BlackLotus Secure Boot Bypass Malware Set to Ramp Up
BlackLotus, the first in-the-wild malware to bypass Microsoft’s Secure Boot (even on fully patched systems), will spawn copycats and, available in an easy-to-use bootkit on the Dark Web, inspire firmware attackers to increase their activity, security experts said this week.
That means that companies need to increase efforts to validate the integrity of their servers, laptops, and workstations, starting now.
On March 1, cybersecurity firm ESET published an analysis of the BlackLotus bootkit, which bypasses a fundamental Windows security feature known as Unified Extensible Firmware Interface (UEFI) Secure Boot. Microsoft introduced Secure Boot more than a decade ago, and it’s now considered one of the foundations of its Zero Trust framework for Windows because of the difficulty in subverting it.
Yet threat actors and security researchers have targeted Secure Boot implementations more and more, and for good reason: Because UEFI is the lowest level of firmware on a system (responsible for the booting-up process), finding a vulnerability in the interface code allows an attacker to execute malware before the operating system kernel, security apps, and any other software can swing into action. This ensures the implantation of persistent malware that normal security agents will not detect. It also offers the ability to execute in kernel mode, to control and subvert every other program on the machine — even after OS reinstalls and hard drive replacements — and load additional malware at the kernel level.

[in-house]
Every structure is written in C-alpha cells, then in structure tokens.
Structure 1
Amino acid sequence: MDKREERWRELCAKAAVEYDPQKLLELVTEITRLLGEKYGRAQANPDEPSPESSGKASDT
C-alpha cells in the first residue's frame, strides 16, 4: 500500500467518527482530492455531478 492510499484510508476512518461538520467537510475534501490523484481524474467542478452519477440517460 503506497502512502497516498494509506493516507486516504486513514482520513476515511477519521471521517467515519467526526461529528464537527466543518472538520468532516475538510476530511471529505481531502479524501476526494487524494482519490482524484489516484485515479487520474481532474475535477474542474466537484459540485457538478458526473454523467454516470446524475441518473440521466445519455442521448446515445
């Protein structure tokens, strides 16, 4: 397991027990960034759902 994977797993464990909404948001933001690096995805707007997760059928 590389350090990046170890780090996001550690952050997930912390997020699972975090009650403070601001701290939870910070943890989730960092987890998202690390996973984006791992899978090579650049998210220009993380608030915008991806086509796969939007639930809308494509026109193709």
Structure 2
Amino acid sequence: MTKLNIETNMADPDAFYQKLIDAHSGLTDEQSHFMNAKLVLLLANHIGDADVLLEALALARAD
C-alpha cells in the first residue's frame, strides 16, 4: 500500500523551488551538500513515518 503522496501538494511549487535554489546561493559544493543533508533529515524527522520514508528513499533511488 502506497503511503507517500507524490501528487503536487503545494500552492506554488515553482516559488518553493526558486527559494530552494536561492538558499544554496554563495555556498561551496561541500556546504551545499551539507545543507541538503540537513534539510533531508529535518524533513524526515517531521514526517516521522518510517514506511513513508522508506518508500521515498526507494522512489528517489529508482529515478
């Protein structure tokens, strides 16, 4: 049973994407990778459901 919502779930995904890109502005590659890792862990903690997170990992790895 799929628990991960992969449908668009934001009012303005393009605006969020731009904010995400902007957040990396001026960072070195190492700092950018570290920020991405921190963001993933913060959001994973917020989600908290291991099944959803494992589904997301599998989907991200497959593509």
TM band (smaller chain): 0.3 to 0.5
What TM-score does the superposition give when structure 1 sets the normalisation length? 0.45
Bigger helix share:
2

There have been some previous vulnerabilities in boot technology, such as the BootHole flaw disclosed in 2020 that affected the Linux bootloader GRUB2, and a firmware flaw in five Acer laptop models that could be used to disable Secure Boot. The US Department of Homeland Security and Department of Commerce even recently warned about the persistent threat posed by firmware rootkits and bootkits in a draft report on supply chain security issues. But BlackLotus ups the stakes on firmware issues significantly.
That’s because while Microsoft patched the flaw that BlackLotus targets (a vulnerability known as Baton Drop or CVE-2022-21894), the patch only makes exploitation more difficult — not…